ecosystem health as addressing current priority
pollutants.
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Specific Recommendations
• States should “bundle” technical assistance services,
such as compliance assistance, pollution prevention (p2)
audits, and energy efficiency (E2) audits, in “one-stopshop” programs.
• Tax incentives and low interest loans should be utilized
to promote investments in energy efficiency upgrades
and pollution prevention projects;
• Federal and state agencies should ensure that traditional
regulatory programs, including enforcement, provide
incentives to conduct pollution prevention and energy
efficiency projects.
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Milestones
• By 2008, include pollution prevention and energy
efficiency (P2/E2) measures in federal and state rule
making.
• By 2010, implement 200 P2/E2 projects for small to
medium sized businesses in the Great Lakes States.
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Implementation and Costs
• Implementation: U.S. EPA, State technical assistance
providers, Manufacturing Extension Partnerships, City
environmental departments.
• Cost: $16M/yr ($15.12M/yr new), $50M tax
incentives/fund capitalization (all new).
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Recommendation #3:
Improve research, surveillance
and forecasting capability
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Rationale
Great Lakes lawmakers, program managers, and
stakeholders need accurate information. This
requires a coordinated system which monitors
PTS sources and environmental conditions, tracks
reduction actions, projects future trends in
exposure and effects, and uses this information
for decision-making.
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Specific Recommendations
• Screening/long term monitoring of PTS sources and
concentrations in environmental media, including
humans and wildlife. Current monitoring programs
should be enhanced and coordinated per the
recommendations of recent program and peer reviews of
existing networks;
• Research on chemical properties, exposure, and long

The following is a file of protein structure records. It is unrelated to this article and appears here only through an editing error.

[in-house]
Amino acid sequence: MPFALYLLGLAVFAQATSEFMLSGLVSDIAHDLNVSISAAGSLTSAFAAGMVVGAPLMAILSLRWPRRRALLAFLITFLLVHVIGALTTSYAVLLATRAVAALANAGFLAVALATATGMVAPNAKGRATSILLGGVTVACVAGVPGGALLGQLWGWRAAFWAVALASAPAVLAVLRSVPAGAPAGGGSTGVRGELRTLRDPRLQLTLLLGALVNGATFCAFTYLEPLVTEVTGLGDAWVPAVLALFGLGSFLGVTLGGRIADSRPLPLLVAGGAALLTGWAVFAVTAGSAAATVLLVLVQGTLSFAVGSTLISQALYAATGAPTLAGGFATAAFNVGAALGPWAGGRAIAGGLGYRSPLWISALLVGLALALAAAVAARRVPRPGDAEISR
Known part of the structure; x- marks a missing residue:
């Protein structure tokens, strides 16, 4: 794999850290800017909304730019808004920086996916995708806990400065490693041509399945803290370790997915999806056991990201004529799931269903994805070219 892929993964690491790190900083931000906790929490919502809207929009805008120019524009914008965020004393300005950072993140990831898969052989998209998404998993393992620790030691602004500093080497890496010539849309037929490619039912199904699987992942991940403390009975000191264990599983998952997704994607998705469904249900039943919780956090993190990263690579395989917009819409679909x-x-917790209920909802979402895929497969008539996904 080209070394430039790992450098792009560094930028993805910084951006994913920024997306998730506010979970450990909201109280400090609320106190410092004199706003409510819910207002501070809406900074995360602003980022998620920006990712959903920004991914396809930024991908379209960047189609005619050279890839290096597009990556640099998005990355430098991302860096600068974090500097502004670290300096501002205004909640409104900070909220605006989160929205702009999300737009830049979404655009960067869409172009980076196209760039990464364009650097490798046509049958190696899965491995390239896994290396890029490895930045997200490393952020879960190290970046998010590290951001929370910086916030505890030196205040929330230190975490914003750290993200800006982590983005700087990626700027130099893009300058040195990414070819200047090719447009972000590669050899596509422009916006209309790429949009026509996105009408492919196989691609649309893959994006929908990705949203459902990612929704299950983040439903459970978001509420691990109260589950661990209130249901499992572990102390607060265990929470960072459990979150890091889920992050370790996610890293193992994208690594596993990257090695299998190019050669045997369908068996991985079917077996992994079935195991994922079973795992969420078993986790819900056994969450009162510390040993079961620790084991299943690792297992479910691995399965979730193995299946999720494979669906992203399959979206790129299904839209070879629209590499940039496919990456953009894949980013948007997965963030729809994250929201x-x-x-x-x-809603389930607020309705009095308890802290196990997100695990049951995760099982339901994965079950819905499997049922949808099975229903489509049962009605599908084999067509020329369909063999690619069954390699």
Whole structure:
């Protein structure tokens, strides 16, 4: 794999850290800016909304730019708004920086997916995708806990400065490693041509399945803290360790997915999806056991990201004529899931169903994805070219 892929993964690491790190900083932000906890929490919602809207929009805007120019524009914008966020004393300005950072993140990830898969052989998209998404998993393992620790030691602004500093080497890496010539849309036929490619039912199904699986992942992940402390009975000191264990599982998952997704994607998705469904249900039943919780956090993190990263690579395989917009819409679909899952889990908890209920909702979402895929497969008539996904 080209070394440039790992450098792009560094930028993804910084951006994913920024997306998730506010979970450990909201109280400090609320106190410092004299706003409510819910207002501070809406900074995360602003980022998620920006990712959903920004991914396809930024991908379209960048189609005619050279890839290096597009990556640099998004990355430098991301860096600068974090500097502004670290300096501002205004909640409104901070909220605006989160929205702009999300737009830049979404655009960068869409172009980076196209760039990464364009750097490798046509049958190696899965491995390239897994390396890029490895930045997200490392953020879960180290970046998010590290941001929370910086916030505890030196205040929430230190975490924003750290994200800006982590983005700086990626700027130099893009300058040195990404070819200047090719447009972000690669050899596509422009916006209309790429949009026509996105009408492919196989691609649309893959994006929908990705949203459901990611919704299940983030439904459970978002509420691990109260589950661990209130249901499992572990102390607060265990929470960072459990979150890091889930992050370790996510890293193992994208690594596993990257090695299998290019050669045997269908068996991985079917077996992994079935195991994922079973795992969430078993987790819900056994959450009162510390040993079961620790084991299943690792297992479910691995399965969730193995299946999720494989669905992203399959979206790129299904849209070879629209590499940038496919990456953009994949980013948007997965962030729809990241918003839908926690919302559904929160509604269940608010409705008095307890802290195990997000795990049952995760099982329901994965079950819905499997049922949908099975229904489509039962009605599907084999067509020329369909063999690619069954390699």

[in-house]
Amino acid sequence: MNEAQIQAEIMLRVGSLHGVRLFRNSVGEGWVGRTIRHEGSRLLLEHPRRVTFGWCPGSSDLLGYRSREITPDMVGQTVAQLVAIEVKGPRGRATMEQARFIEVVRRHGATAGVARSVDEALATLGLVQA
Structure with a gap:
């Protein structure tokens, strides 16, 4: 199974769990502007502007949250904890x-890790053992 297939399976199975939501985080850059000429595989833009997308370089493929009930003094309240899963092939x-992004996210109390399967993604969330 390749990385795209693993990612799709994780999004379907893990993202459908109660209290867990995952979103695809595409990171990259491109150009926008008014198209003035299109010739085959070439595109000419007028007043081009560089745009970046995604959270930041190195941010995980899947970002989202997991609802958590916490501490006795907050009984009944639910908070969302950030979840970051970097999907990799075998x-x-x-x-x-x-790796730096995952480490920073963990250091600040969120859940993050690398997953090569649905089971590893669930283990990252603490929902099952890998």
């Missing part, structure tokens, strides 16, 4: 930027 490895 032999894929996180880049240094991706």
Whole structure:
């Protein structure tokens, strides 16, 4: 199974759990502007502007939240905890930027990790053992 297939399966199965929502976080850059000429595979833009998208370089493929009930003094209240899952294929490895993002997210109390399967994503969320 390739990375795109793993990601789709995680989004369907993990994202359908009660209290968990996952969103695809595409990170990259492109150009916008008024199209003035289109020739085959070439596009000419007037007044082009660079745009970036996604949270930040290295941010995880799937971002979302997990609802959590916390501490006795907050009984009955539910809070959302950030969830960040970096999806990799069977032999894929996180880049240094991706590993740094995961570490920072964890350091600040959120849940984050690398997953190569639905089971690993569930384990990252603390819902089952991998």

term effects;
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Specific Recommendations
• Modeling, including evaluation and enhancement of
current models, to better predict environmental impacts
of reduction actions at various geographic scales, and to
examine exposure scenarios; and
• Information management, an easily-accessible, central
Great Lakes PTS database for monitoring data,
emissions and releases information, and research results,
including a clearinghouse for toxicity data used to
develop GLI criteria.
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Milestones
• By 2008, initiate a central Great Lakes PTS database.
• By 2010, a basin-wide surveillance program of
chemicals of emerging concern at wastewater treatment
plants will be established. At least 50 percent of the large
in-basin WWTPs will participate in the program.
• By 2010, implement a Great Lakes human PTS
biomonitoring program.
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Implementation and Costs
• Implementation: The Great Lakes Binational
Toxics Strategy, federal agencies, States,
academia.
• Cost: $5-10M/yr ($300K/yr current/balance new).
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Recommendation #4:
Improve fish consumption advisories
and enlist the public to reduce toxic
substances
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Rationale
A consistent set of messages from federal, state, tribal and
local health and environment agencies is needed to protect
the public from health effects of PTS exposure, and to
provide the pubic with information about lifestyle choices